Oral and Maxillofacial Surgery MSc

London, Bloomsbury

This one-year full-time or two-year part-time master's programme gives you an understanding of applied clinical sciences, research methods and the concepts of oral and maxillofacial surgery. You will gain hands-on practical experience in dentoalveolar surgery, working with UCL's expert clinicians at the Royal National Ear, Nose and Throat and Eastman Dental Hospital.

UK students International students
Study mode
UK tuition fees (2023/24)
£35,000
£17,500
Overseas tuition fees (2023/24)
£57,700
£28,850
Duration
1 academic year
2 academic years
Programme starts
September 2023
Applications accepted
All applicants: 17 Oct 2022 – 31 Jan 2023

Applications open

Entry requirements

All applicants must hold an approved dental qualification and have a minimum of two years' clinical experience post-qualification.

The English language level for this programme is: Level 3

UCL Pre-Master's and Pre-sessional English courses are for international students who are aiming to study for a postgraduate degree at UCL. The courses will develop your academic English and academic skills required to succeed at postgraduate level. International Preparation Courses

Further information can be found on our English language requirements page.

Equivalent qualifications

Country-specific information, including details of when UCL representatives are visiting your part of the world, can be obtained from the International Students website.

International applicants can find out the equivalent qualification for their country by selecting from the list below. Please note that the equivalency will correspond to the broad UK degree classification stated on this page (e.g. upper second-class). Where a specific overall percentage is required in the UK qualification, the international equivalency will be higher than that stated below. Please contact Graduate Admissions should you require further advice.

About this degree


Our well-established Oral and Maxillofacial Surgery MSc gives you a broad education in the theory of oral and maxillofacial surgery. It is the ideal foundation for widening your scope of treatment in dental practice, in preparation for hospital training posts or further training.

The course has a strong balance between taught elements, a research project and practical experience. This means you will have the opportunity to learn research methodology, complete a dissertation and practise hands-on surgical skills and dentoalveolar surgical techniques.

Clinical skills training, held within our new university facilities, helps you develop and refine your surgical skills with access to microscopes and imaging equipment. The clinical, patient-facing aspects of the programme take place just across the road in the new Royal National Ear, Nose and Throat and Eastman Dental Hospital (ENTED).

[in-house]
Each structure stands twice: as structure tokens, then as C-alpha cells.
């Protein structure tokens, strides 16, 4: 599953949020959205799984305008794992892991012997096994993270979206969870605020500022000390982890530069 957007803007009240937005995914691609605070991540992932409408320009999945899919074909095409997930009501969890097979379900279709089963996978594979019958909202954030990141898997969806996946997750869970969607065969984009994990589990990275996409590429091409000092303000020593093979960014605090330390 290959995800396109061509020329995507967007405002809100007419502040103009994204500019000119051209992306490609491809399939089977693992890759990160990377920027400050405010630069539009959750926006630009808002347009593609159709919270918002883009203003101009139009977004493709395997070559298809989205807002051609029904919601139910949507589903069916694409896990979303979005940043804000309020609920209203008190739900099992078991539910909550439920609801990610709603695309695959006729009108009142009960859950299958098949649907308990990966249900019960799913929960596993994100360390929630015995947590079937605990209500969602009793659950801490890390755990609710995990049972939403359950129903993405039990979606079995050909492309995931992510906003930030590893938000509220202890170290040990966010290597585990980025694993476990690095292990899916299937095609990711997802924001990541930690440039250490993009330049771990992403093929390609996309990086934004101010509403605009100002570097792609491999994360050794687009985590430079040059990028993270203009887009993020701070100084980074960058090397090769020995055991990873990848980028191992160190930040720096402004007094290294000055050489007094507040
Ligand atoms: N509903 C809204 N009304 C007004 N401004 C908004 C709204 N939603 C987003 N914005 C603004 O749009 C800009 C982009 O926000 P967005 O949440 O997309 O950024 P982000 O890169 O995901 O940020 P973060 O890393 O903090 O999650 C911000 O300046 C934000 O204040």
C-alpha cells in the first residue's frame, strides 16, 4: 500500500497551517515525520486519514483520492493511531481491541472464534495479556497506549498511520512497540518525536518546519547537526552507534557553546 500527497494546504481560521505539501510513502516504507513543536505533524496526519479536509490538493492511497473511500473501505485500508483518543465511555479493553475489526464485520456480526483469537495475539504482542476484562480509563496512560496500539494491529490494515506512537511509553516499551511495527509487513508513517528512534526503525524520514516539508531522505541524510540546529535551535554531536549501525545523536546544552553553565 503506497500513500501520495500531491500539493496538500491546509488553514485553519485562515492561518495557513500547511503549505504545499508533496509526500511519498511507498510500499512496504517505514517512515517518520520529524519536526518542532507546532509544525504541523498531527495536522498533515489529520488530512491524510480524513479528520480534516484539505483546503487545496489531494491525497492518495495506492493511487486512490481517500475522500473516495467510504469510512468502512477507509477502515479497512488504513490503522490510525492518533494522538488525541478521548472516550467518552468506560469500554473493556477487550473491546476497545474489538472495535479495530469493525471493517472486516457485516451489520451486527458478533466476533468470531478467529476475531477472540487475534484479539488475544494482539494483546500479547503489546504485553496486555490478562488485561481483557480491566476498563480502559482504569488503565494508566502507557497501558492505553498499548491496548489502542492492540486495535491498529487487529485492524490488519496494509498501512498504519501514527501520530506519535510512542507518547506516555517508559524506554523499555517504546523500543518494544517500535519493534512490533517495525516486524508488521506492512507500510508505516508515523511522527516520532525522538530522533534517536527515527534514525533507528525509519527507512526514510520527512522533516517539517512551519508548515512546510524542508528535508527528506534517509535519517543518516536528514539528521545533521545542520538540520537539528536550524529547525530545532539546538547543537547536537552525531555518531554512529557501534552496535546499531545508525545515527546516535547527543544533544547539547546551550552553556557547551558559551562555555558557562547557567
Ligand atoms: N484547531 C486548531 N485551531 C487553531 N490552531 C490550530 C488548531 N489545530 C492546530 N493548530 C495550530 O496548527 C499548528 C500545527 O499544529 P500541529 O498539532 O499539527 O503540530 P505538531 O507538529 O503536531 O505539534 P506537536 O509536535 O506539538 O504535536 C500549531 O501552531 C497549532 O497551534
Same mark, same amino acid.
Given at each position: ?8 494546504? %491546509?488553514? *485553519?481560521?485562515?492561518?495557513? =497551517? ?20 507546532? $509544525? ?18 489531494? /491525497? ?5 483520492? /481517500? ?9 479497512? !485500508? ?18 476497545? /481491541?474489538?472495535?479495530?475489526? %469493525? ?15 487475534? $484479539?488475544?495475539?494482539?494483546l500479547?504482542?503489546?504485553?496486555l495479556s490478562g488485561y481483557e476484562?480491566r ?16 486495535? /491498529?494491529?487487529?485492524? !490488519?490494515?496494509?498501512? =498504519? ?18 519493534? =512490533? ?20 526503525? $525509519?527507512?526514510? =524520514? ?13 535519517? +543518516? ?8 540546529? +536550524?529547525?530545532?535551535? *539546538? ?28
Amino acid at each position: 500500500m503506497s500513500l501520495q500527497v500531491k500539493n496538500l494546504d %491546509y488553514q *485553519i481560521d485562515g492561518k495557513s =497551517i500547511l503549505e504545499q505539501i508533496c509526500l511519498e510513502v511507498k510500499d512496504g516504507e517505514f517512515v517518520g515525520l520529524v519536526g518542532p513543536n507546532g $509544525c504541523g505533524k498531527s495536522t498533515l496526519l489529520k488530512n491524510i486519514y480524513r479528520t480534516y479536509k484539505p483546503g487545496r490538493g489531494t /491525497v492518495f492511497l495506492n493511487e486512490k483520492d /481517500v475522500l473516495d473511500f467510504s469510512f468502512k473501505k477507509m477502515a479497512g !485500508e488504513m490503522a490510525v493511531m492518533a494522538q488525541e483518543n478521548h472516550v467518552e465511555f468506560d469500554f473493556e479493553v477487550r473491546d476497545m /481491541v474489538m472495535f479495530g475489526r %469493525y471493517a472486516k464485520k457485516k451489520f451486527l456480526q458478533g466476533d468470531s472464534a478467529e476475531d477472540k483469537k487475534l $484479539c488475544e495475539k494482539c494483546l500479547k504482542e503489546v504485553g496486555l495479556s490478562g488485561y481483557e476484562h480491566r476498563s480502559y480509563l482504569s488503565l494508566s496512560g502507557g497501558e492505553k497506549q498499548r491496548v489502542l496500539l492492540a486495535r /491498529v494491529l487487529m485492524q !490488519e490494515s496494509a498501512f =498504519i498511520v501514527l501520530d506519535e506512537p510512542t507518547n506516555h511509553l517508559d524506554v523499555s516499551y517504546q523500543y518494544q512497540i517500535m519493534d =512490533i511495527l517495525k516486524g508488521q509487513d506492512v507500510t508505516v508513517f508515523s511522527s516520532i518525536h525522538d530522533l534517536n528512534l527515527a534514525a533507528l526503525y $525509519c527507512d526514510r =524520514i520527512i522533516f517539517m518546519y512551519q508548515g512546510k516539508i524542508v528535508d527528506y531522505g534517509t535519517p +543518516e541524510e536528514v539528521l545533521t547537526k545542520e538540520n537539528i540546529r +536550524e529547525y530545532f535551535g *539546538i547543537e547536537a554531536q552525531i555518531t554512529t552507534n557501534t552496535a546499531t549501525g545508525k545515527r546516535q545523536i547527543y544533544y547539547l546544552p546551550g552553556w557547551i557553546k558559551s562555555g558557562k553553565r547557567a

You will participate in consultation clinics, local anaesthetic, conscious sedation, and general anaesthetic oral surgery operating sessions.

There are also opportunities to observe inpatient oral and maxillofacial surgery operating procedures. Lectures give you a theoretical knowledge base, and are complemented by interactive seminars, case-based discussions and problem-based learning.

Who this course is for

This programme is suitable for students who have completed an undergraduate degree in dentistry and who wish to extend their knowledge of oral and maxillofacial surgery, learn research methodology and build confidence in hands-on surgical skills and dentoalveolar surgery techniques.

We aim to support the development of oral surgery in other countries, especially where healthcare challenges are different from the UK. We are aware that surgeons in these countries may have to contend with a higher prevalence of untreated disease, limited financial and technical resources, and potentially limited support for specialist surgery.

What this course will give you

  • A broad knowledge of the topic, with opportunities to attend operating sessions, outpatient clinics, lectures, demonstrations, practical clinical skills and seminars. 
  • An understanding of the diagnosis and management of orofacial surgical disease, using investigative techniques.
  • Full involvement in the supervised clinical care of patients.
  • The opportunity to develop and improve your communication skills and proficiency in history taking . 
  • The opportunity to take part in the examination, investigations, diagnosis, treatment planning and hands-on surgical management of cases under local anaesthetic, conscious sedation, or general anaesthesia.
  • The chance to work alongside experienced academics and researchers on a range of often innovative and clinically relevant research projects, to develop your confidence in research including critical appraisal and literature review skills. 
  • A good grounding should you wish to consider further research or academic degrees after graduation. 

The foundation of your career

The programme has an international reputation and has launched many successful careers over the previous decades. You will gain a solid foundation for a range of career options in research, academia, hospital, NHS or private practice. Alumni often become leaders in their field.

Employability

Graduates follow a broad range of career trajectories following graduation, ranging from clinical practice and hospital posts to research and academic careers, with appropriate guidance provided.

If you demonstrate a particular acumen for the research elements of the programme, you might want to consider applying for a PhD postgraduate research degree in the UK or overseas.

If you are inspired by the opportunities of oral surgery and eligible to work in the UK, you may go into NHS or private dental practice. Alternatively, depending on your previous experience, you could apply for competitive NHS clinical training posts, either foundation DCT (Senior House Officer) posts in UK teaching hospitals or specialist registrar training posts to become NHS consultants.

Other graduates of the course have applied directly for specialty doctor/dentist and clinical fellowship posts. Graduates who are already qualified in both dentistry and medicine have successfully obtained competitive specialist registrar training posts, with the aim of becoming hospital consultants.